China issues flood warning as quake lake nears draining

June 5th, 2008 - 6:29 pm ICT by IANS  

Mianyang (China), June 5 (Xinhua) China Thursday issued a flood warning as water pressure in the Tangjiashan “quake lake” was building rapidly, aggravating the danger that it could burst its banks. Emergency teams were hoping to drain the lake but new landslides and higher than expected rainfall have added to the risk of flooding downstream, officials said.

The mud and rock dam, caused by landslide on the Jianjiang river in the May 12 quake, was also in the danger of collapsing under the pressure of increasing water.

More than 600 police and soldiers dug a 475-metre channel to divert water from the lake in Beichuan county of Mianyang city.

The water level at Tangjiashan lake had risen to 738.5 meters by Thursday, still 1.5 metre below the channel.

It is expected that the lake, which holds more than 200 million cubic metres of water, would start draining as soon as the water level reached the lowest point of the dam.

But one official warned late Wednesday the lake could burst its banks in the event of frequent aftershocks, rain on the upper reaches and the instability of the mud and rock dam.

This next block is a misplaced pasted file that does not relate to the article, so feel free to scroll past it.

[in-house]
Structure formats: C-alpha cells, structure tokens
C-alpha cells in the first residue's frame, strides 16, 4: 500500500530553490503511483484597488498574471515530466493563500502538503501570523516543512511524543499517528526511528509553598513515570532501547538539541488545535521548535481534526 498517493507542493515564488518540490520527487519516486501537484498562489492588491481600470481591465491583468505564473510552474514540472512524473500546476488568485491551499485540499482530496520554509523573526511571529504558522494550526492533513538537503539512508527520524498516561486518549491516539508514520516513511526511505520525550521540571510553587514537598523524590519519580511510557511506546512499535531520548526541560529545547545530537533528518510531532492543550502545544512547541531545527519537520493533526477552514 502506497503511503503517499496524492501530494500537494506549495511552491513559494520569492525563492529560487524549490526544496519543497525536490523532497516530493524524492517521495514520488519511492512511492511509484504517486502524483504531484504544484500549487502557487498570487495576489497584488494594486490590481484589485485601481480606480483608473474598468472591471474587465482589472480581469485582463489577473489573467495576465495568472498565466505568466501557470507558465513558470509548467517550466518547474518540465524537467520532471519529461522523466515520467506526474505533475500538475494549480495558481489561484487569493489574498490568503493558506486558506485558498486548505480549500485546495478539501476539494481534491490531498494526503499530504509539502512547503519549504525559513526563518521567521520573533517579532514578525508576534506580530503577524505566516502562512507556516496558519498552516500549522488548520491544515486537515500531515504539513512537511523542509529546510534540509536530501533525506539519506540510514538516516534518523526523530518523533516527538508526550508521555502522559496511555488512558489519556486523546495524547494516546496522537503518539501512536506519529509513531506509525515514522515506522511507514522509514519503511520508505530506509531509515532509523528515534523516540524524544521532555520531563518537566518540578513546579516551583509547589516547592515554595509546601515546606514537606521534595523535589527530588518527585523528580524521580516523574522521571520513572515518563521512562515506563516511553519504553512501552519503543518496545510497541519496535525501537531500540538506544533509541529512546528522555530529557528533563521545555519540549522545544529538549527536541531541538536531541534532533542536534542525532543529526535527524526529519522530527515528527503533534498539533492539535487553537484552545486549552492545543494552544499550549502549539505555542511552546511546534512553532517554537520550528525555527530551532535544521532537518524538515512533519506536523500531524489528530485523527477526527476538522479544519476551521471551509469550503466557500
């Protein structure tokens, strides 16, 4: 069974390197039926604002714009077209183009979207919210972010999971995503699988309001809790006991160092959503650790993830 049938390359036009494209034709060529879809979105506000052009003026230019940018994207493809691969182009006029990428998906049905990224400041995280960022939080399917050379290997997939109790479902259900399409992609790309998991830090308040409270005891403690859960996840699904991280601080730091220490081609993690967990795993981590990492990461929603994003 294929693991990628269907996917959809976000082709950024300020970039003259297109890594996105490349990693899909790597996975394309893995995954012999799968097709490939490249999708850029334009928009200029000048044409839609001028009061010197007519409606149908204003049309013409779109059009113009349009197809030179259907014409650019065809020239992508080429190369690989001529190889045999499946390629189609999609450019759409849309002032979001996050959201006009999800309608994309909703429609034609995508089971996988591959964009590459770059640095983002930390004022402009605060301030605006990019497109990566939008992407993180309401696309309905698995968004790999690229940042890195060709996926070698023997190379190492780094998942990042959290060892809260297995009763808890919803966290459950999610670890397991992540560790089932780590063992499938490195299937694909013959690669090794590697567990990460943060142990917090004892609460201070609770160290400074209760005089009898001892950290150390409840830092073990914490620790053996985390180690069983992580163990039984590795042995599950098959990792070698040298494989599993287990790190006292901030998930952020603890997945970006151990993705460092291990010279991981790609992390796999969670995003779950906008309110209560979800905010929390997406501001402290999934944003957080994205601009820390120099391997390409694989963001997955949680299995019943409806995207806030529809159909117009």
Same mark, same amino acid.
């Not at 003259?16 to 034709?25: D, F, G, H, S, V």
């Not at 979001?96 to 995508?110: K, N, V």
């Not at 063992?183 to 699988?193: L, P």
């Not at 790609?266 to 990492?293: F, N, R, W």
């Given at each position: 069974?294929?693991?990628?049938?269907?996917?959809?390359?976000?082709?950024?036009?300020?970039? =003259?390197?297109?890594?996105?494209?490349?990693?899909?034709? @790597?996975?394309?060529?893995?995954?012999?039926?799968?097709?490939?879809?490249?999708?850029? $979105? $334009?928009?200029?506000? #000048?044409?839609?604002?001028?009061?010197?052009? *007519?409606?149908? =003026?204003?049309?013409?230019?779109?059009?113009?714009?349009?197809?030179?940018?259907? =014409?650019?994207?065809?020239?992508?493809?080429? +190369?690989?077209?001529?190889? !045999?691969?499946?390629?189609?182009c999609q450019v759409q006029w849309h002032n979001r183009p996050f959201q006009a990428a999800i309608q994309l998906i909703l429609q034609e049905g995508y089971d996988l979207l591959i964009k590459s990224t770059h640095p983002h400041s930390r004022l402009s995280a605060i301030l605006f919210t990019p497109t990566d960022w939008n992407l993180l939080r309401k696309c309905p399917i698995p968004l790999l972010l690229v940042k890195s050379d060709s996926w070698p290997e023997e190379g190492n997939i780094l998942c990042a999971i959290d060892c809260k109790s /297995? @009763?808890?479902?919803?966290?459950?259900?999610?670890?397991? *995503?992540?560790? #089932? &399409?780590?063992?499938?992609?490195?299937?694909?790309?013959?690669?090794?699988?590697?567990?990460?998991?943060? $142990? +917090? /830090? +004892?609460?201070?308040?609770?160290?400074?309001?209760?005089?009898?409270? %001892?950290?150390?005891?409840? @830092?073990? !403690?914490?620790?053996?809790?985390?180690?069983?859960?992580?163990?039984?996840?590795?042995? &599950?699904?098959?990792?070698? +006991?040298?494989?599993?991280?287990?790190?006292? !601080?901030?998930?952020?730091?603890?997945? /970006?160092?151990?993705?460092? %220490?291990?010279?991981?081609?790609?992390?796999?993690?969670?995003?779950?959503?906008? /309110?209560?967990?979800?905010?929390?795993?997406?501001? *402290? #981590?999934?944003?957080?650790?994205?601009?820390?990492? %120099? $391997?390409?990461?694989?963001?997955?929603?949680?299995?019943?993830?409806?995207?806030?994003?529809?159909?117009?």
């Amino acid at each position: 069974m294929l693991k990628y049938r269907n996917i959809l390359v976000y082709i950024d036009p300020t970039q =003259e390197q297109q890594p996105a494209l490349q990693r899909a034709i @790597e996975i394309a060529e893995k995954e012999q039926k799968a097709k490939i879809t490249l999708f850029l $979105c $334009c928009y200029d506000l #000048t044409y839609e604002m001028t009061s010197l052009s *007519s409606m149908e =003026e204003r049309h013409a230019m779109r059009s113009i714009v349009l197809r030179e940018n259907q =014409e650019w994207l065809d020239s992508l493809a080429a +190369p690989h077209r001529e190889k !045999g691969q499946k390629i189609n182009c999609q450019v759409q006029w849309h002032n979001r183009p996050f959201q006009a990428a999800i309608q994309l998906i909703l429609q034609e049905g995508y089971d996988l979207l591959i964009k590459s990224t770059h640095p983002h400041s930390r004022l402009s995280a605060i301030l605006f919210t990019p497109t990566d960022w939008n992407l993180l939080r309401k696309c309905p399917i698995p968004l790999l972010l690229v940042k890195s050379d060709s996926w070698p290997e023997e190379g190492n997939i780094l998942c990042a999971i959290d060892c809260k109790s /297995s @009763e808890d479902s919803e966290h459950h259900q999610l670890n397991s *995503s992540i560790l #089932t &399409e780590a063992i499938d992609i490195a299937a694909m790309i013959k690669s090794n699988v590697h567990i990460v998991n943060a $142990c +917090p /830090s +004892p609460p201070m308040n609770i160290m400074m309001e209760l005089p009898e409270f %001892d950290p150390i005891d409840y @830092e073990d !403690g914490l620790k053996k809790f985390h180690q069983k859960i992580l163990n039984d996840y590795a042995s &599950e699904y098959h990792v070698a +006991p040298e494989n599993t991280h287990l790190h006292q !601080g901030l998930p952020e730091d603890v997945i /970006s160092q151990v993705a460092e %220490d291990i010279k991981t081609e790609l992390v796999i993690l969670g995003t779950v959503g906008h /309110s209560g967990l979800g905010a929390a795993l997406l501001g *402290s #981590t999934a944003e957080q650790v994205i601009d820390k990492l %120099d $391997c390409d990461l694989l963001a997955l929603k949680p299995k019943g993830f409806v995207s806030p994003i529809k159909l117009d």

“Water has been seeping out of the dam body,” he said.

“We must prepare for dealing with the worst scenario, but strive for the best results,” Chen Lei, the minister of water resources, said Wednesday.

A massive landslide could occur any time on the upper reaches, which would bring down about 20 million cubic metres of mud and rock into the lake, giving rise to huge waves.

He said draining the rapidly accumulating water in the artificial lake was necessary to “ensure the safety of people downstream”.

More than 250,000 people in Mianyang have been relocated as a precaution.

The May 12 quake triggered massive landslides in southwestern Sichuan province, blocking the flow of rivers and creating more than 30 unstable “quake-formed lakes” that threaten millions downstream.

The 8.0-magnitude quake, centred in Wenchuan county, has left more than 70,000 people dead, about 18,000 missing and millions homeless. More than 10,000 aftershocks have been reported since May 12.

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